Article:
Devine And White Carve Up Auburn Defense

Auburn allowed 31 unanswered points in Thursday night's loss to West Virginia.

Morgantown, WV--For the first half of the 2008 season the one thing that was dependable on the Auburn football team was the defense under Paul Rhoads. Thursday night that defense was torched for the second consecutive game as Patrick White and Noel Devine led the West Virginia Mountaineers to 445 yards of total offense on the way to a 34-17 victory.

The story of the game for Auburn on defense was missed tackles. Time and time again Devine had a defender in his area or holding onto him but seemingly every time he escaped for big yardage. Carrying the ball just 17 times, Devine torched Auburn's defense for 207 yards. Rhoads said the story of the game was simply mistakes by his defense starting with the basic fundamental of tackling.

"Defensive football is really quite simple," Rhoads said. "You've got to fit properly and you've got tackle, and we tackled worse than we fit. We talked all preparation long that the difference in two yards in a game like this against an offense like that is the difference in 200 yards. We proved that point well with how we played."

For the second consecutive game the story for the Auburn defense was its play against the run. Michael Smith from Arkansas ran for 176 and Devine trumped that total by himself on Thursday. Throw in 42 yards from Jock Sanders and it added up to 271 rushing yards for WVU.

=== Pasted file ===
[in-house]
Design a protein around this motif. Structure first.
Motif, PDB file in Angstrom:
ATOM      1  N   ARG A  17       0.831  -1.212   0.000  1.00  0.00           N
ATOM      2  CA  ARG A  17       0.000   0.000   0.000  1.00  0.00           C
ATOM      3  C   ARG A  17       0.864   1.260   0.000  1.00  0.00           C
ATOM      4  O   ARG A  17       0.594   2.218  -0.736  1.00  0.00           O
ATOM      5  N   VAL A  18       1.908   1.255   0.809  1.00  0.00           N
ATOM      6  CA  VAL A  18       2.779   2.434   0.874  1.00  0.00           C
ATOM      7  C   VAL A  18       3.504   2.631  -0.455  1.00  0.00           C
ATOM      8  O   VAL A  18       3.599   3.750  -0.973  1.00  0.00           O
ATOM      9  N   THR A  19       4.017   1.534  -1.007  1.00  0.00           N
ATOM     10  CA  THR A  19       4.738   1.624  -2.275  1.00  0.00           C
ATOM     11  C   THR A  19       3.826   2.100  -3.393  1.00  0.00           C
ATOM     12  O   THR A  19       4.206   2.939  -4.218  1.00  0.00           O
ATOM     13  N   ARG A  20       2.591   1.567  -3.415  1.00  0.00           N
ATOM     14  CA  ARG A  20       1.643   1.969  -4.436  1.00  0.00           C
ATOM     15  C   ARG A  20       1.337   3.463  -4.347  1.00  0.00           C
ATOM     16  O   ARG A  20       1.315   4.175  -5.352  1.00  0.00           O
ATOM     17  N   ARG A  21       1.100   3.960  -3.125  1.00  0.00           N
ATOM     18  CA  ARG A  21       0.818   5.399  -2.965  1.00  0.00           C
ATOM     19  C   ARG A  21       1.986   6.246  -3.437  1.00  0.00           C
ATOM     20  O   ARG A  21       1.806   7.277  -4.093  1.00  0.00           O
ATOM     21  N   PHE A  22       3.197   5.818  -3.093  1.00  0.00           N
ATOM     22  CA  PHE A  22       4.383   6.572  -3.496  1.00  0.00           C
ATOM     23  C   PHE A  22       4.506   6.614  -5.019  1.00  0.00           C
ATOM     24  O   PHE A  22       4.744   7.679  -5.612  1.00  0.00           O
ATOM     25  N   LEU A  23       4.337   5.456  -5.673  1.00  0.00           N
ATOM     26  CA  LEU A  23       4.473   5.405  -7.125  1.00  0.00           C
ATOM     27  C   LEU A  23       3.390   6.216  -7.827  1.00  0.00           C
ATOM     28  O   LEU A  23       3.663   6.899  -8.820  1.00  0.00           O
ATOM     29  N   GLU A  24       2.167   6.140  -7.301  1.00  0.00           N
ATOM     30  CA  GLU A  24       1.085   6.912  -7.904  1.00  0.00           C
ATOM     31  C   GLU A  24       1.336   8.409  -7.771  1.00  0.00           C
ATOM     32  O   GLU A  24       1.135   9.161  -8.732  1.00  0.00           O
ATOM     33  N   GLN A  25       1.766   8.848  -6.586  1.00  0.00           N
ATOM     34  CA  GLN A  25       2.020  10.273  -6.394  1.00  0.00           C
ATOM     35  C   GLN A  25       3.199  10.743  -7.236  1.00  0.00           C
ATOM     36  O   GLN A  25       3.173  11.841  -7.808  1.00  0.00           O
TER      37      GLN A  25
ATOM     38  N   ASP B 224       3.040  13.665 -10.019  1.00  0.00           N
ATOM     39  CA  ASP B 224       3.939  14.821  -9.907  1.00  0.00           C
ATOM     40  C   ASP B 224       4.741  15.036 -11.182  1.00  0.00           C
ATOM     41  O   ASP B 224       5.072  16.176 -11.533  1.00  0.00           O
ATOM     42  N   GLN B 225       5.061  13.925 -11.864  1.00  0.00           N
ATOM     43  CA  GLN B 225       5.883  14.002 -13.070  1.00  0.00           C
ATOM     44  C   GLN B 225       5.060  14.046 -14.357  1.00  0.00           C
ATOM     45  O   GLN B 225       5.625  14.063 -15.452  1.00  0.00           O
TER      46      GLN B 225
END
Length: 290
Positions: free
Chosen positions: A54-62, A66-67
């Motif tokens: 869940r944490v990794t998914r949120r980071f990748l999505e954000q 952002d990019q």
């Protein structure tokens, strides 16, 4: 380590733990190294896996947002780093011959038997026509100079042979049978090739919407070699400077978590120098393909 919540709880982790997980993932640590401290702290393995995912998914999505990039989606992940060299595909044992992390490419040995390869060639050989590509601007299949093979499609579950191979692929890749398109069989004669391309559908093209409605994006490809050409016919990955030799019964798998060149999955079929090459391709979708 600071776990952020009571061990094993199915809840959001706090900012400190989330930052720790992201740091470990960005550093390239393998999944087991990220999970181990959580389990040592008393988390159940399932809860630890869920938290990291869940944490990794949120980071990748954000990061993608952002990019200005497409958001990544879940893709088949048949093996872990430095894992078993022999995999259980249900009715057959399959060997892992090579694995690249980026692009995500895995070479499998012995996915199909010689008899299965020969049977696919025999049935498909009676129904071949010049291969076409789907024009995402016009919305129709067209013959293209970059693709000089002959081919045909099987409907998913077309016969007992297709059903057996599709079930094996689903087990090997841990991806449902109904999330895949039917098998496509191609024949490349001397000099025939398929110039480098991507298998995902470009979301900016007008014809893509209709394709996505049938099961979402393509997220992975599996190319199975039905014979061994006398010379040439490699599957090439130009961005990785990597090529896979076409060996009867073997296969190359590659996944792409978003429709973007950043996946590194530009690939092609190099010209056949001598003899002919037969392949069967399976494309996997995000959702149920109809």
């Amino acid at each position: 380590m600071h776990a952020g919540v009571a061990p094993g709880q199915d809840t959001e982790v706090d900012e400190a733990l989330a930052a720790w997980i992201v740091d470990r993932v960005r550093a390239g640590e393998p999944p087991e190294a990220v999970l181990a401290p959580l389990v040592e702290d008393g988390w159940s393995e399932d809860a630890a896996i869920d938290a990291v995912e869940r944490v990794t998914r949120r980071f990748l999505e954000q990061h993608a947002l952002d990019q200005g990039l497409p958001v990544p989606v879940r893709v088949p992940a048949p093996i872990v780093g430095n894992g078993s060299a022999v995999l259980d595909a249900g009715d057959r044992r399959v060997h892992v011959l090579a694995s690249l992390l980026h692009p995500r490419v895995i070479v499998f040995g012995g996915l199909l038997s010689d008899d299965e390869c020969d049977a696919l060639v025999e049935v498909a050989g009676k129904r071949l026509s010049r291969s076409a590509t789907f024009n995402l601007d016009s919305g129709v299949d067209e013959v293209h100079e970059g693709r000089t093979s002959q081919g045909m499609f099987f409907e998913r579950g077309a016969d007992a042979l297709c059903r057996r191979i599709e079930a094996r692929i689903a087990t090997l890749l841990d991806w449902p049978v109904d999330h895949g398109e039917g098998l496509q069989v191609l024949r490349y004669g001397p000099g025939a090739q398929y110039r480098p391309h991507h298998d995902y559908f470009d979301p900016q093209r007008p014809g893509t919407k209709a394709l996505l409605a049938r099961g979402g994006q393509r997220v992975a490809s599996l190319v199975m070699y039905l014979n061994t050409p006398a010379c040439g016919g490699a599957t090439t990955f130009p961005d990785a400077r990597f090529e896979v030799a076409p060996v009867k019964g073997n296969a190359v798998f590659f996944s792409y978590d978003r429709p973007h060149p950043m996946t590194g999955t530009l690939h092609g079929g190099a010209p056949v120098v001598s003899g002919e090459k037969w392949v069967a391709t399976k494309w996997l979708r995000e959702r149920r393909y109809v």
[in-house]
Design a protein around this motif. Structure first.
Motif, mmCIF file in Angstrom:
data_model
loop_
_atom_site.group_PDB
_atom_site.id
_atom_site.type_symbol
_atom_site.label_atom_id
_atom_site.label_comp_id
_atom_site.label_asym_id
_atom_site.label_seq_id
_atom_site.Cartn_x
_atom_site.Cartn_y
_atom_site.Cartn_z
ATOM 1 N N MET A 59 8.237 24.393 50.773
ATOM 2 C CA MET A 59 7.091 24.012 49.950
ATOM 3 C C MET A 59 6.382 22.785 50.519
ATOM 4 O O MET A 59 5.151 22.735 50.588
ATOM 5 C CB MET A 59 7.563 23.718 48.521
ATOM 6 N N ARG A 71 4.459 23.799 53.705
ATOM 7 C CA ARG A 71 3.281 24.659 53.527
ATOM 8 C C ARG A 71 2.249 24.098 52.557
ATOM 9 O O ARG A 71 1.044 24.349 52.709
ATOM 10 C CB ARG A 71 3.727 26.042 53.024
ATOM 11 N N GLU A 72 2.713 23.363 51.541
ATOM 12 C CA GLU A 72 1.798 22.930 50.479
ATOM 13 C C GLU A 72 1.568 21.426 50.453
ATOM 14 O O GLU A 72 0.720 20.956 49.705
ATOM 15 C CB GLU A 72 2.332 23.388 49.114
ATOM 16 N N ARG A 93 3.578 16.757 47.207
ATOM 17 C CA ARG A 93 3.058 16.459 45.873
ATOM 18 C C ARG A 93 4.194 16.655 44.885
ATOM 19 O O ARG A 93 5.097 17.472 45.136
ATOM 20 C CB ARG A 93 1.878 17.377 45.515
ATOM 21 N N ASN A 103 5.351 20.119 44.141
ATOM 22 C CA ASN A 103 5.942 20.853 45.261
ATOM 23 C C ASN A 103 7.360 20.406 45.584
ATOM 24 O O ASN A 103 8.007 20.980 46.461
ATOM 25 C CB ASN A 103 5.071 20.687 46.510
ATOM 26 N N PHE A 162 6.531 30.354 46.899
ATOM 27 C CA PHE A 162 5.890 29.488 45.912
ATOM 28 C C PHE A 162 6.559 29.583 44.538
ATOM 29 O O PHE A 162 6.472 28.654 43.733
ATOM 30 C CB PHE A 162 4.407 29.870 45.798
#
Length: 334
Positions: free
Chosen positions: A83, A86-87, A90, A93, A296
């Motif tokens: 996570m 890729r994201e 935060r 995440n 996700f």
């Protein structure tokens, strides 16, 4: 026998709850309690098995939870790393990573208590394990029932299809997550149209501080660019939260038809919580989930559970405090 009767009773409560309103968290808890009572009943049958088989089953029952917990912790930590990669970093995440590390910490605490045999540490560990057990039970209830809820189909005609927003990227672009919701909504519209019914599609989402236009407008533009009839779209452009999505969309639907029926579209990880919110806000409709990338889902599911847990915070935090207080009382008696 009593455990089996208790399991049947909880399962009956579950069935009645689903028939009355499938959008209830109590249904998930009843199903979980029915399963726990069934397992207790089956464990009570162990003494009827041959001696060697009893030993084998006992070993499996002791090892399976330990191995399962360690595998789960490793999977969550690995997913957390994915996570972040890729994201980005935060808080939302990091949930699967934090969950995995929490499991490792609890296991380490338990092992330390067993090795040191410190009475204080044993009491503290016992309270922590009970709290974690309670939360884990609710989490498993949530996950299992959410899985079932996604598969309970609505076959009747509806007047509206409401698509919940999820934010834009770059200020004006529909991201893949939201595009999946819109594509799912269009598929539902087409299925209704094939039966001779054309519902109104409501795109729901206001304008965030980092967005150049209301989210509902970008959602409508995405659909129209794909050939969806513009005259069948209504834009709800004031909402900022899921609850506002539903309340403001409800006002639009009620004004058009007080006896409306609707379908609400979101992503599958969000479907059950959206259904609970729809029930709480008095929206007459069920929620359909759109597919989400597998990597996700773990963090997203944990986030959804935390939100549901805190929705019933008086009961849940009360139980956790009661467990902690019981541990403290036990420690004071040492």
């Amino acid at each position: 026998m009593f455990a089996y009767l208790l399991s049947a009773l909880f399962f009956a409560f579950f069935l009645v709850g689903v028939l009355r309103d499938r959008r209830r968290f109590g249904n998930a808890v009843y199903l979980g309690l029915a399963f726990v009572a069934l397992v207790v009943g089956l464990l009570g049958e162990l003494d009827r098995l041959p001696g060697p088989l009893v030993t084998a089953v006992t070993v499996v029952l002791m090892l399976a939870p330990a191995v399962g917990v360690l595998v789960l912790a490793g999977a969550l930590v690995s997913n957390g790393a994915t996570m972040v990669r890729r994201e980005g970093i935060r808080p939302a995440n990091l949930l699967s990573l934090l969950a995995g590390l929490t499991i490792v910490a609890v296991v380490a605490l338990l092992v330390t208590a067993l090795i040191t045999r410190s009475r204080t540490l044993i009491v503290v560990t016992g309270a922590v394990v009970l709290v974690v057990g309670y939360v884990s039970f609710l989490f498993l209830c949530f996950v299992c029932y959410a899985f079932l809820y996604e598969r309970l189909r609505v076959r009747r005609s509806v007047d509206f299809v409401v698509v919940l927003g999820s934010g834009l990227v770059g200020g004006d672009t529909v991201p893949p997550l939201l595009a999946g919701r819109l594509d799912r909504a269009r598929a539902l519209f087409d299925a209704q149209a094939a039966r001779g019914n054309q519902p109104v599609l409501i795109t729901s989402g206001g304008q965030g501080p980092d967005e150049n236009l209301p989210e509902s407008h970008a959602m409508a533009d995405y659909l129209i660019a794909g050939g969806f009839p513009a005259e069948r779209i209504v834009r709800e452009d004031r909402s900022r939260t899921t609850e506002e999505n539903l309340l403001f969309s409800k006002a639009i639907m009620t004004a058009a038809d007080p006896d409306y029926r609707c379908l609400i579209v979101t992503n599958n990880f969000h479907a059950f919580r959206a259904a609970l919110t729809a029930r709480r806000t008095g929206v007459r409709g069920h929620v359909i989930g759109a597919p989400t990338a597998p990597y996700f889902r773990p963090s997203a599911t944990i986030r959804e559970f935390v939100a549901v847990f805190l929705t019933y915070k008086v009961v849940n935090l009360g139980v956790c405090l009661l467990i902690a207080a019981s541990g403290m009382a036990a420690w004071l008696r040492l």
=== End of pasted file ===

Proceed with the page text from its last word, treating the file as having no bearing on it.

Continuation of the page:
"A lot of the credit goes to Noel Devine and Pat White trying to tackle guys like that," Rhoads said. "He looked like a greased pig a couple of times. We had three or four guys with arms around him and couldn't bring him down."

Amazingly Auburn held down White for the most part in the rushing category, limiting him to just eight yards on 11 carries. White did his damage through the air, finishing 13-21 for 174 yards and three touchdowns with two early interceptions. Rhoads said White does such a good job running the offense that it makes it difficult on a defense to completely shut him down.

"He's a tremendous football player," Rhoads said. "He's as good of a football player at that position in the country and certainly running that offense. He understands it and he's well coached in it. They do a marvelous job of checking off at the line of scrimmage and getting in the right play."

On the receiving end Dorrell Jalloh was the killer for the Auburn defense with four receptions for 53 yards and two touchdowns. Sanders added 31 yards while Alric Arnett caught three passes for 59 yards. Only Arnett's was a down the field throw, something Rhoads said was even more disappointing from a defensive perspective.

"We did a poor job of getting off blocks to finish those plays," Rhoads said. "Those plays were too many first downs as a result because we didn't get off blocks well enough to get people out there and get the ball down."

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